Extended diacritic symbol initially used in early Cyrillic and Glagolitic manuscripts, e.g., in Old Church Slavonic and Old East Slavic languages.- Titlo
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Glyph added to a letter or to a basic glyph.
Other uses include the Early Cyrillic titlo stroke ( ◌҃ ) and the Hebrew gershayim ( ״ ), which, respectively, mark abbreviations or acronyms, and Greek diacritical marks, which showed that letters of the alphabet were being used as numerals.
Abbreviation of several frequently occurring divine names or titles, especially in Greek manuscripts of Holy Scripture.
Nomina sacra also occur in some form in Latin, Coptic, Armenian (indicated by the pativ), Gothic, Old Nubian, and Cyrillic (indicated by the titlo).
Scribal abbreviations or sigla (singular: siglum) are abbreviations used by ancient and medieval scribes writing in various languages, including Latin, Greek, Old English and Old Norse.
Many common long roots and nouns describing sacred persons are abbreviated and written under the special diacritic symbol titlo, as shown in the figure at the right.
Cyrillic numerals are a numeral system derived from the Cyrillic script, developed in the First Bulgarian Empire in the late 10th century.
To distinguish numbers from text, a titlo is sometimes drawn over the numbers, or they are set apart with dots.
Writing system that was developed in the First Bulgarian Empire during the late 9th century on the basis of the Greek alphabet for the Slavic people living near the Byzantine Empire in South East and Central Europe.
A titlo over a sequence of letters indicated their use as a number; usually this was accompanied by a dot on either side of the letter.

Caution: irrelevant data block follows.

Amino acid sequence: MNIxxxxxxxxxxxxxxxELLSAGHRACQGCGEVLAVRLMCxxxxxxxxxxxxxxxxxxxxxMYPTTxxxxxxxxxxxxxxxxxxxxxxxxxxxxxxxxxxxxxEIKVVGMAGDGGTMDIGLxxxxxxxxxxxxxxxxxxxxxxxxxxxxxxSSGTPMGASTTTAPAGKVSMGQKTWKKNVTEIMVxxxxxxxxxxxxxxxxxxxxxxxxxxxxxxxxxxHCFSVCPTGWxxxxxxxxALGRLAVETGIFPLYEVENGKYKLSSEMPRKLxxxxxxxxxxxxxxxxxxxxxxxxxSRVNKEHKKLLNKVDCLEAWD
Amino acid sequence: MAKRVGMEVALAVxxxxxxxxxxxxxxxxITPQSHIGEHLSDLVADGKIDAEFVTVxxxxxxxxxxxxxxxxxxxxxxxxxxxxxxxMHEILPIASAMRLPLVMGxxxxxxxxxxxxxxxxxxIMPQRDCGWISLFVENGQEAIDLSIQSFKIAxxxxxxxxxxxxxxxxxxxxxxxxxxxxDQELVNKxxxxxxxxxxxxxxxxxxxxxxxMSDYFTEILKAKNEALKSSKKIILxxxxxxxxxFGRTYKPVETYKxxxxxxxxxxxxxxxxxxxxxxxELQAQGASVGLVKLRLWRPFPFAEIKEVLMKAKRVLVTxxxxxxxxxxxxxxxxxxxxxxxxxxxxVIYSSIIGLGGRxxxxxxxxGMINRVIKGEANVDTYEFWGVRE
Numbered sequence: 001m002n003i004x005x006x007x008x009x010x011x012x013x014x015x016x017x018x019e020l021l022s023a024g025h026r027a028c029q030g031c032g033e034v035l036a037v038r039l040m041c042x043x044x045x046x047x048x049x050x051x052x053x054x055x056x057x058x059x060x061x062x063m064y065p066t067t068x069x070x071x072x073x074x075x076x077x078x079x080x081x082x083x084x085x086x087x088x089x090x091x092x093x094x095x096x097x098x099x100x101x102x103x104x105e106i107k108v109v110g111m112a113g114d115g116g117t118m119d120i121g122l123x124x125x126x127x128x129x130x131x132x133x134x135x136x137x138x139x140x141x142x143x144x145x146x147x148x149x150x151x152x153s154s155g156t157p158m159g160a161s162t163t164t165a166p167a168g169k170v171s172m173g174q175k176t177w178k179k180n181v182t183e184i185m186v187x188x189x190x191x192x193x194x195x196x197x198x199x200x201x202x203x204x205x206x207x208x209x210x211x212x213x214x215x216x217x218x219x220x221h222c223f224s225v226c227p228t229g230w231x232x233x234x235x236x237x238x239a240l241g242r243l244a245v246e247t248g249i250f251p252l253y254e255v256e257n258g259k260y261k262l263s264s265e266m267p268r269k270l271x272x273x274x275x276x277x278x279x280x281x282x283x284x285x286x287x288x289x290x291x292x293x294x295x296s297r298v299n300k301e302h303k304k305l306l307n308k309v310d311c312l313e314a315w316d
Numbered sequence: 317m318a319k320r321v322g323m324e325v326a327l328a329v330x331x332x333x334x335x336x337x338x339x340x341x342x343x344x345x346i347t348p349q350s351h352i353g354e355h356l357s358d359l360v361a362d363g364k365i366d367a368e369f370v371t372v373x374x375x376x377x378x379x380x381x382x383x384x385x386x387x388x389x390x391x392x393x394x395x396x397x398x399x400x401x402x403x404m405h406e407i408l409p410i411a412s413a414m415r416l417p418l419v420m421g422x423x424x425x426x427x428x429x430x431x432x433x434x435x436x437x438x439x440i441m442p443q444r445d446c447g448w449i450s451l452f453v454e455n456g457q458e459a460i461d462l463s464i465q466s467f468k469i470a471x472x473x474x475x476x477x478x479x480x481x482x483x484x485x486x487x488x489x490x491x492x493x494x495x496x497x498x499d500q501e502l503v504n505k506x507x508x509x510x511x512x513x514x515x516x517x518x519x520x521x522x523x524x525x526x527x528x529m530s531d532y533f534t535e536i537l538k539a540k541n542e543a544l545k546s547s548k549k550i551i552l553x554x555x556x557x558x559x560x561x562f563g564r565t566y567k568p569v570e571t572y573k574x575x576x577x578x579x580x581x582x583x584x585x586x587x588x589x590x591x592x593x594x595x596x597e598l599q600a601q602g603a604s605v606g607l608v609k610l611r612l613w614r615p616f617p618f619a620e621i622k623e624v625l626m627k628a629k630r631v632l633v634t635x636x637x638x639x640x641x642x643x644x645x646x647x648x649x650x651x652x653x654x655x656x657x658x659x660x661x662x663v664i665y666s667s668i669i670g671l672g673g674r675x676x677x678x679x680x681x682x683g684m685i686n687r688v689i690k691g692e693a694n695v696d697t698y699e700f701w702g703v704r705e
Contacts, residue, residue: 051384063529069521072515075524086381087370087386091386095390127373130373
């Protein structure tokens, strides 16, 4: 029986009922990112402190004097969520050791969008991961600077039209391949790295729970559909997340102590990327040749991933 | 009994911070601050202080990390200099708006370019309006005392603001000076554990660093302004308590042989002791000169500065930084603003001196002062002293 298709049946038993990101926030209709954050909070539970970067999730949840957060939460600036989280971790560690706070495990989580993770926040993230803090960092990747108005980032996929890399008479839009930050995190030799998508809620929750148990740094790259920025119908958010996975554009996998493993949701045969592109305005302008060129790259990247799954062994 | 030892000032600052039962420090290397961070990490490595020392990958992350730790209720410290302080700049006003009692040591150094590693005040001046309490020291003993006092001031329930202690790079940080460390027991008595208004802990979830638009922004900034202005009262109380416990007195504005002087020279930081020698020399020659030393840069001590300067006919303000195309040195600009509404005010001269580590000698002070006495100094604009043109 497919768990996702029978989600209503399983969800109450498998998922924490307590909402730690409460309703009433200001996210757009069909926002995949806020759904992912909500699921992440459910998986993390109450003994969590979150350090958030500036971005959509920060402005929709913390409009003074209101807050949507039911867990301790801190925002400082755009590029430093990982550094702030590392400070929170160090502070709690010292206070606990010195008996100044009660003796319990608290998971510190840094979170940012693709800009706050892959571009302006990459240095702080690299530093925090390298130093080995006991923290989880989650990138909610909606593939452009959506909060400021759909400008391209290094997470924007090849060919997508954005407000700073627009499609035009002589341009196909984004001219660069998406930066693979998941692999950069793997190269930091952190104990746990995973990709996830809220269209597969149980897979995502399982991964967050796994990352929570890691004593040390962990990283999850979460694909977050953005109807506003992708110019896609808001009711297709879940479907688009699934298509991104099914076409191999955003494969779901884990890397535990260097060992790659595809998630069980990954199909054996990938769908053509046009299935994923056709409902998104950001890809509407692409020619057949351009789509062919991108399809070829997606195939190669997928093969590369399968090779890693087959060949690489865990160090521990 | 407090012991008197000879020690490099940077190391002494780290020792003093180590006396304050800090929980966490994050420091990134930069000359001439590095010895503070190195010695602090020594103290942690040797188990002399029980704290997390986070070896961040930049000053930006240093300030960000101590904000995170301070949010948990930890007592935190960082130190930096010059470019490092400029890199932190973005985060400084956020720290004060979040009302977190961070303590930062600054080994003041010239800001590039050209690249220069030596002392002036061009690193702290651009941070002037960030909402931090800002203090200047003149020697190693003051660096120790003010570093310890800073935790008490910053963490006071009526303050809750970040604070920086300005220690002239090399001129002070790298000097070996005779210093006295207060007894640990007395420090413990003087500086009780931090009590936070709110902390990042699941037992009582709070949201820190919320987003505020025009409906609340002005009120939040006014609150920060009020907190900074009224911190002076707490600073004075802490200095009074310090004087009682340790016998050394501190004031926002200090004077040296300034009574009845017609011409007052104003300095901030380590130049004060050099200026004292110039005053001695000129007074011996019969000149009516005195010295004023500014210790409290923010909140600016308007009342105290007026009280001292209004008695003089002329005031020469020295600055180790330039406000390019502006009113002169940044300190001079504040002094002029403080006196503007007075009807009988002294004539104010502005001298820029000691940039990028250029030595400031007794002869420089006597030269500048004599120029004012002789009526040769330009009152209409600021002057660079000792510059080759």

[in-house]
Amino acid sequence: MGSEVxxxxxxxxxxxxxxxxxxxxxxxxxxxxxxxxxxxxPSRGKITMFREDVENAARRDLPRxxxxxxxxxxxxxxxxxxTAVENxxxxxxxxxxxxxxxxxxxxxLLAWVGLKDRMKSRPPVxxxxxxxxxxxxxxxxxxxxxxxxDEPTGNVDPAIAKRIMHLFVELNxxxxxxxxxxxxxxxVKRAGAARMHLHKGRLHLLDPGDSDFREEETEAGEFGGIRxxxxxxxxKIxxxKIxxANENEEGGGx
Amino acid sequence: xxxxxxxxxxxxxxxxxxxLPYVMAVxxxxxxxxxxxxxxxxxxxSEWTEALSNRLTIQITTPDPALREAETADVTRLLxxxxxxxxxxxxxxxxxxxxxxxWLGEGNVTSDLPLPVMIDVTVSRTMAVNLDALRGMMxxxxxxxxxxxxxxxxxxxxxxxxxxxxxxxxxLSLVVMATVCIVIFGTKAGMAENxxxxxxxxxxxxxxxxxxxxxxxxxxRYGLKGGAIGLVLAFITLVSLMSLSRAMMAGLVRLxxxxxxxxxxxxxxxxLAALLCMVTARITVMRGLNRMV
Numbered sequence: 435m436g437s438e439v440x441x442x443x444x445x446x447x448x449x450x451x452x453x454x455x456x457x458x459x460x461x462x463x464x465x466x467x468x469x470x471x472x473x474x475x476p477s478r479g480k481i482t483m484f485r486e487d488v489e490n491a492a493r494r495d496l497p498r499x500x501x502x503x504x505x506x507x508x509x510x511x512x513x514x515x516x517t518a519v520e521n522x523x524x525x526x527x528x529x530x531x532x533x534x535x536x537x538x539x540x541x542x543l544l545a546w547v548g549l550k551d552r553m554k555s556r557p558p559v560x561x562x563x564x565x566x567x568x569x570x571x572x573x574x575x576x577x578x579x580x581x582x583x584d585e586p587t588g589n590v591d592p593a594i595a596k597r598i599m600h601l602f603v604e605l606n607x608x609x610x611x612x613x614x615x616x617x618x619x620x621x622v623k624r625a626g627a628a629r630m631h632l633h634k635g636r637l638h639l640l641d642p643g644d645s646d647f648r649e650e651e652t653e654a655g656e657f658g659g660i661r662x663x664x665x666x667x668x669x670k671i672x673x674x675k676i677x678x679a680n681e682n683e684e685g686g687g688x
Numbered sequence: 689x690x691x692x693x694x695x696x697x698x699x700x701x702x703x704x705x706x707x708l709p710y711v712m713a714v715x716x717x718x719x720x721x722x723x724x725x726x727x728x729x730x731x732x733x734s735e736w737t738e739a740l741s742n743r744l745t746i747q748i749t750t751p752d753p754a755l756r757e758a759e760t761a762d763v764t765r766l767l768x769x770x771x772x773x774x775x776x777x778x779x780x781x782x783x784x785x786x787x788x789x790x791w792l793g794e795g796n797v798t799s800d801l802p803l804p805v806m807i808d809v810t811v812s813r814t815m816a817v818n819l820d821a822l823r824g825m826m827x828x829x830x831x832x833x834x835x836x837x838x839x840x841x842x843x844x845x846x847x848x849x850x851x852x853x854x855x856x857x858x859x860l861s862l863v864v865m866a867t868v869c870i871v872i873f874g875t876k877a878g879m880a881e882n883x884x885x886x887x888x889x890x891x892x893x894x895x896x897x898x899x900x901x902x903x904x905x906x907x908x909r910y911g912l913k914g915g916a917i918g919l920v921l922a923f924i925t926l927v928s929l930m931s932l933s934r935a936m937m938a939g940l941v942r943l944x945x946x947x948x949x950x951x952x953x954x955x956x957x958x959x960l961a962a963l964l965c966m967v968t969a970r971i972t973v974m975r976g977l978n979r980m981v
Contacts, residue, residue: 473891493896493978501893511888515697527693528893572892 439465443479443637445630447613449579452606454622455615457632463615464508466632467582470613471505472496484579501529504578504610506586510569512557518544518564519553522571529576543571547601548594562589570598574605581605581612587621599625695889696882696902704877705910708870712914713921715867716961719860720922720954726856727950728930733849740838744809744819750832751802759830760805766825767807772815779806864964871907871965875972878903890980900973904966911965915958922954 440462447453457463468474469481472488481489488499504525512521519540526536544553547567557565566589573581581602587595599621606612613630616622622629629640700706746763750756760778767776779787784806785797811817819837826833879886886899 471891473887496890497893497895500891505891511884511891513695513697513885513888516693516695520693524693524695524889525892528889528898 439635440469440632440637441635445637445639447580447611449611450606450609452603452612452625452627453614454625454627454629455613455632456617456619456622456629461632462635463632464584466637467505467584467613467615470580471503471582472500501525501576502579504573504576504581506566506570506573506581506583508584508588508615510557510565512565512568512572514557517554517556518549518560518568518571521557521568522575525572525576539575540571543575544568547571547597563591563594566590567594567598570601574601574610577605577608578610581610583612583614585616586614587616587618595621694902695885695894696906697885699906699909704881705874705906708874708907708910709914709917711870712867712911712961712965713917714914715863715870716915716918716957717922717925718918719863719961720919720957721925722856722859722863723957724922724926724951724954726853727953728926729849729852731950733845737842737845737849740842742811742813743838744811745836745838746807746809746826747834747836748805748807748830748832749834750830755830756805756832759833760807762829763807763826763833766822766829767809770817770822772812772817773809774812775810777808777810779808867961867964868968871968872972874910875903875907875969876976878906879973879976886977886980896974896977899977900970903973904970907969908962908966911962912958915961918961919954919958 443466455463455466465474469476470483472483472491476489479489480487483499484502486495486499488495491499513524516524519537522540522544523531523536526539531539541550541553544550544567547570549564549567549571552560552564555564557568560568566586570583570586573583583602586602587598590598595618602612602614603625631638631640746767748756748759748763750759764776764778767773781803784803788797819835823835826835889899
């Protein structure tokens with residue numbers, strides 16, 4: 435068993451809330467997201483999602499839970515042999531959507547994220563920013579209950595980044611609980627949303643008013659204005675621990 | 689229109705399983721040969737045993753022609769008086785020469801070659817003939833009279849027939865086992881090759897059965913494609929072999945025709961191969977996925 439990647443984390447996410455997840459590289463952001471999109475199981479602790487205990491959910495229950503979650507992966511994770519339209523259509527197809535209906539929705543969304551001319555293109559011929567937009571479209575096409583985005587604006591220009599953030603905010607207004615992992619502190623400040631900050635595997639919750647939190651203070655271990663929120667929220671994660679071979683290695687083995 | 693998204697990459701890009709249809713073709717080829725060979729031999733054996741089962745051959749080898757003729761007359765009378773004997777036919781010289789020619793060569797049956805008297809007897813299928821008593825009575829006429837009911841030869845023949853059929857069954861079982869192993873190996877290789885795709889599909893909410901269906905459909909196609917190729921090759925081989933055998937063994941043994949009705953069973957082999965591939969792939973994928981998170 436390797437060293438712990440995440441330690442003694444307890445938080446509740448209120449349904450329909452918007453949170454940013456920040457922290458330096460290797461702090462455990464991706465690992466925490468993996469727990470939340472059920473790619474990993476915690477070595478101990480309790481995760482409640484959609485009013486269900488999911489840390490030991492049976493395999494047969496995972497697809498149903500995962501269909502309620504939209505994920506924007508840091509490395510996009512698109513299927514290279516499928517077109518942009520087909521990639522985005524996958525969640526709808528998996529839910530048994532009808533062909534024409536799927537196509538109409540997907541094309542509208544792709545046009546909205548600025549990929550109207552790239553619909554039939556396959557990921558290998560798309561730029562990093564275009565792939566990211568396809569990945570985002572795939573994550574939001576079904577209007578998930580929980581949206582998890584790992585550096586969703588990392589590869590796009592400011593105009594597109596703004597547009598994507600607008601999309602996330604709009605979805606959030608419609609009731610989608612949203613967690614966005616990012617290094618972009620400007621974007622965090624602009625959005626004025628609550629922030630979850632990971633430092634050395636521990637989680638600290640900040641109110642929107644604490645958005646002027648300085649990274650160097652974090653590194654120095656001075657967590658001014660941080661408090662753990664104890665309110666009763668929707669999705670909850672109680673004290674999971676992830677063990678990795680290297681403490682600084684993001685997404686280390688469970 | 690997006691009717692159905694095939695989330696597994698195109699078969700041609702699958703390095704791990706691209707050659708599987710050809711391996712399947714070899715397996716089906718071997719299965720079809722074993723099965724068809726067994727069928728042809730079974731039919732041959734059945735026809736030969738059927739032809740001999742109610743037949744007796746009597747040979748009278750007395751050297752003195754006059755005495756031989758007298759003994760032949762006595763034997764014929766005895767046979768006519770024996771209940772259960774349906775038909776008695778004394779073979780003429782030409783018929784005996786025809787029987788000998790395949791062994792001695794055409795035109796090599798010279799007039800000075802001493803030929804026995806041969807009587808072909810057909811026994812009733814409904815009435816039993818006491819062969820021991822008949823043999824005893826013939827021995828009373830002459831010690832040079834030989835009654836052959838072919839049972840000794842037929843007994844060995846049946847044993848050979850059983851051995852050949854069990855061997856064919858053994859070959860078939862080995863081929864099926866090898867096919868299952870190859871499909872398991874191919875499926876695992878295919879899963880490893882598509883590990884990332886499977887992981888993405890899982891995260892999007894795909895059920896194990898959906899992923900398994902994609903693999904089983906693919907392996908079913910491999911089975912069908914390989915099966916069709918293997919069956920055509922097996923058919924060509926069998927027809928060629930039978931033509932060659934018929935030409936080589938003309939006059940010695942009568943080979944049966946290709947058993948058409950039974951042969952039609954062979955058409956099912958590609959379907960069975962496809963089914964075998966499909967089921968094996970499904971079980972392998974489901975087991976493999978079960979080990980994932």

Conservative Slavic liturgical language used by the Eastern Orthodox Church in Belarus, Bosnia and Herzegovina, Bulgaria, North Macedonia, Montenegro, Poland, Ukraine, Russia, Serbia, the Czech Republic and Slovakia, Slovenia and Croatia.
The letters ksi, psi, omega, ot, and izhitsa are kept, as are the letter-based denotation of numerical values, the use of stress accents, and the abbreviations or titla for nomina sacra.
Letter used in the early Cyrillic alphabet.
It is represented in Unicode 5.1 by the misnamed character omega with titlo.
Monogram or combination of letters that forms an abbreviation for the name of Jesus Christ, traditionally used as a religious symbol within the Christian Church.
In Eastern Christianity, the most widely used Christogram is a four-letter abbreviation, ΙϹ ΧϹ—a traditional abbreviation of the Greek words for "Jesus Christ" (i.e., the first and last letters of each of the words "ΙΗϹΟΥϹ ΧΡΙϹΤΟϹ", with the lunate sigma "Ϲ" common in medieval Greek), and written with titlo (diacritic) denoting scribal abbreviation.
A "highly idiosyncratic adaptation" of the Cyrillic script once used to write medieval Komi (Permic).
A Cyrillic combining titlo is used to indicate numerals.
One of the historic diacritical signs of Cyrillic that was used in Old Church Slavonic, later medieval Cyrillic literary traditions and modern Church Slavonic.
It is a modification of titlo adapted for covering (hence its name, Russian for 'covering') combining Cyrillic letters (so called letter-titlos).